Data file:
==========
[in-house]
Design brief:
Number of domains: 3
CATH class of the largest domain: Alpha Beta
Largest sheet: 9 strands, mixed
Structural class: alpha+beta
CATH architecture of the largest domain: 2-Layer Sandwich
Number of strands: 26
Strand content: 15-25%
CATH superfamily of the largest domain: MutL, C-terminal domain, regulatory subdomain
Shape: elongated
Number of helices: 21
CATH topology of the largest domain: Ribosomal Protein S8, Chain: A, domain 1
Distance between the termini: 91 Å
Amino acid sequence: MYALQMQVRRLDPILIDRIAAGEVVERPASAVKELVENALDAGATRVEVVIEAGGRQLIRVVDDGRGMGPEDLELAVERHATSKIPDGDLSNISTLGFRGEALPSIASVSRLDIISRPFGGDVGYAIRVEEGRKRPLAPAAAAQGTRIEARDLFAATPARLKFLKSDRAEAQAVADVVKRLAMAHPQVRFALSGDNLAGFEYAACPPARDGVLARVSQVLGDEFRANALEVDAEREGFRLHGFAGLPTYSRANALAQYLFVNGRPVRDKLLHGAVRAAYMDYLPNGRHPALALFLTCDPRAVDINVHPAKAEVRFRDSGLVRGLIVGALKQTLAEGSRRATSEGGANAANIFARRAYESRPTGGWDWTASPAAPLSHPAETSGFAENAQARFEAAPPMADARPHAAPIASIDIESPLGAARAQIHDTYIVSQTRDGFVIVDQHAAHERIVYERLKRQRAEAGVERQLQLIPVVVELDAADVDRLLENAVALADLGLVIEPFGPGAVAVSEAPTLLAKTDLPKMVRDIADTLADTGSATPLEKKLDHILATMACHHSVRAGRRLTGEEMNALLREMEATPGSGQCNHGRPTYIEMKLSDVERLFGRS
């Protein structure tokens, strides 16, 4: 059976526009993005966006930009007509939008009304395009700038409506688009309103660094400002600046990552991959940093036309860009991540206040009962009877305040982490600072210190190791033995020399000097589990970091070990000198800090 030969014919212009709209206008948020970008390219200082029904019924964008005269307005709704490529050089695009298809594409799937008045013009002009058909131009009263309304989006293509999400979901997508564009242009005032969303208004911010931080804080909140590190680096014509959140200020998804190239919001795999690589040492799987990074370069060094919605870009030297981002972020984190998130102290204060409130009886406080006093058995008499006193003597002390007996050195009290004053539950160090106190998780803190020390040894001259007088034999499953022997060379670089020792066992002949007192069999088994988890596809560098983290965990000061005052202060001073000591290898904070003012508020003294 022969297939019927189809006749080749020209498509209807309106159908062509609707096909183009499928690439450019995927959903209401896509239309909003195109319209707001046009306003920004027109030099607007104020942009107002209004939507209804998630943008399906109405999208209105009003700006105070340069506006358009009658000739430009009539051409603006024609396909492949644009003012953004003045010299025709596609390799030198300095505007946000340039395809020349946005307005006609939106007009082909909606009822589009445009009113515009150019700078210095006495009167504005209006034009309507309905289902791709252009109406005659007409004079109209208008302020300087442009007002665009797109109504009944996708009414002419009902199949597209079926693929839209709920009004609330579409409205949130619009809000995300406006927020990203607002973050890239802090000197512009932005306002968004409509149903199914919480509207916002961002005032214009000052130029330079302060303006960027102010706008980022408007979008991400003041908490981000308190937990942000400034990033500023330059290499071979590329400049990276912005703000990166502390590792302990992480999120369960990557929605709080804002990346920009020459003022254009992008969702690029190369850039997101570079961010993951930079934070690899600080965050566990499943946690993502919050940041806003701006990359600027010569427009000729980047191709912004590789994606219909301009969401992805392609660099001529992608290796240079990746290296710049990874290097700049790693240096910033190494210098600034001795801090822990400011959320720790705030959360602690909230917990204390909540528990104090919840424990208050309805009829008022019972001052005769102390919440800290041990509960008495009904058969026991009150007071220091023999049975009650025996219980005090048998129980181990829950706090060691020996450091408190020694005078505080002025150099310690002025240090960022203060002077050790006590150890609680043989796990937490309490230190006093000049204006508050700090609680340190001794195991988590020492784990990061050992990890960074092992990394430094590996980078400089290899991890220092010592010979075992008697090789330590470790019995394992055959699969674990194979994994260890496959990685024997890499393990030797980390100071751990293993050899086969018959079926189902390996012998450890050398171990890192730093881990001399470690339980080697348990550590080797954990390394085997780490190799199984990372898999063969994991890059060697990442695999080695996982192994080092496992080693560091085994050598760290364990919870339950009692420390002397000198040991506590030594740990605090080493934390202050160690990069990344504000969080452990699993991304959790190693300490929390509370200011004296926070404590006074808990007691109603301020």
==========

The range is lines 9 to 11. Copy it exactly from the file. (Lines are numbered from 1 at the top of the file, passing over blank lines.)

Strand content: 15-25%
CATH superfamily of the largest domain: MutL, C-terminal domain, regulatory subdomain
Shape: elongated